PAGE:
Virginia Woolf, on Pancakes and Porridge
February 7, 2013 | by Sadie Stein
“When in a good and merry mood Trisy would seize a dozen eggs, and a bucket of flour, coerce a cow to milk itself, and then mixing the ingredients toss them 20 times high up over the skyline, and catch them as they fell in dozens and dozens and dozens of pancakes. But her porridge was a very different affair ... It dolloped out of a black pan in lumps of mortar. It stank: it stuck.”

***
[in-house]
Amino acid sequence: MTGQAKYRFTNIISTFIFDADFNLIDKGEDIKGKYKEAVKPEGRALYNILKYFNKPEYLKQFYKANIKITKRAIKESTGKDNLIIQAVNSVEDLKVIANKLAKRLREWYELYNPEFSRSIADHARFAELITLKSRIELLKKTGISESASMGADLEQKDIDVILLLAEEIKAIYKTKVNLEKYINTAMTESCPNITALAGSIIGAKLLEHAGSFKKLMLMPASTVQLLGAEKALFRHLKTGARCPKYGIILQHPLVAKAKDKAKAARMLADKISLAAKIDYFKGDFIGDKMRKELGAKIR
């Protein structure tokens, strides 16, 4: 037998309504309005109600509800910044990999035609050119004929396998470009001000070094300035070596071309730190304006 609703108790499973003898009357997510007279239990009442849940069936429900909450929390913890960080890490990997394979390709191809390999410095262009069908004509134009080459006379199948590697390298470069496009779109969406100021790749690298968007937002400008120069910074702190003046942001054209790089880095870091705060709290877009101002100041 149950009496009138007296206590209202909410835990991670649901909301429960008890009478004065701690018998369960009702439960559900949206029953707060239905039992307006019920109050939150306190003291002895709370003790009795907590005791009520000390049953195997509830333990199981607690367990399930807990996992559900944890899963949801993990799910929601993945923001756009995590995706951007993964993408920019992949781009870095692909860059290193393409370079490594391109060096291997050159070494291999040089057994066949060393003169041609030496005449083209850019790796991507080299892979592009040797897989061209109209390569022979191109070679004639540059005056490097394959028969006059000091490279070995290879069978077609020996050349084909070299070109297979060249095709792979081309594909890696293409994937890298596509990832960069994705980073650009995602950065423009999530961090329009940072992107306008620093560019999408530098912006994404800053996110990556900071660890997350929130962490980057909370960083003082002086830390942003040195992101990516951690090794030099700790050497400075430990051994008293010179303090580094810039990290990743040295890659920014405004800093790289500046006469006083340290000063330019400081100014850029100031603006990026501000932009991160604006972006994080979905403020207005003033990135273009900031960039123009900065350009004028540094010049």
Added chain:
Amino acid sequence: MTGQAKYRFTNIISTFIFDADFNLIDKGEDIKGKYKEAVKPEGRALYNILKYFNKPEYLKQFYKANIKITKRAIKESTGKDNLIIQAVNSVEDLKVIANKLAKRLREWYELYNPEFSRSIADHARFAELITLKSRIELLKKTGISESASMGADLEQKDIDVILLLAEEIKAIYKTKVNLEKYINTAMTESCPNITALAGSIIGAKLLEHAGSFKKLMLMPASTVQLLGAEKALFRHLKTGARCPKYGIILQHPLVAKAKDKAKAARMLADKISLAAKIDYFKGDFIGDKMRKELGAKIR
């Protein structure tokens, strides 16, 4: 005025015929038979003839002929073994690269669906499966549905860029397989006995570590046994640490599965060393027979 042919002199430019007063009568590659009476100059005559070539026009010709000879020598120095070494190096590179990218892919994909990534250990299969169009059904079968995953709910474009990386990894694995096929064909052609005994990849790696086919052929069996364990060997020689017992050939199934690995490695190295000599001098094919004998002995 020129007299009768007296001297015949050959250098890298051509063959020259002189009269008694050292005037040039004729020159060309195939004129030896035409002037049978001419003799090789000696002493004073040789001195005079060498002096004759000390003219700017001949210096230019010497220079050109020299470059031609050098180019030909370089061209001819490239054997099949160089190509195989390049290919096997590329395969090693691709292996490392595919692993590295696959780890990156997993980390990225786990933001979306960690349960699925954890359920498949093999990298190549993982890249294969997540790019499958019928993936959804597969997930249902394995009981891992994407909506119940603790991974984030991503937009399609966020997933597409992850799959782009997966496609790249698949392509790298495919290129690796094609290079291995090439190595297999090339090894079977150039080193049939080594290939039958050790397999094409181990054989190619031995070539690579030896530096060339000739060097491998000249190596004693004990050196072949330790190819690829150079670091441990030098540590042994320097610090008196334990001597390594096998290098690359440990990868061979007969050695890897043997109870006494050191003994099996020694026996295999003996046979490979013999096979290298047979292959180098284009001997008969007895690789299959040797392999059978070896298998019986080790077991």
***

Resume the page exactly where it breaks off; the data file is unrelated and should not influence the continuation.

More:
—From a series of sketches Woolf wrote for her nephews in their paper, The Charleston Bulletin. Illustration by Quentin Bell.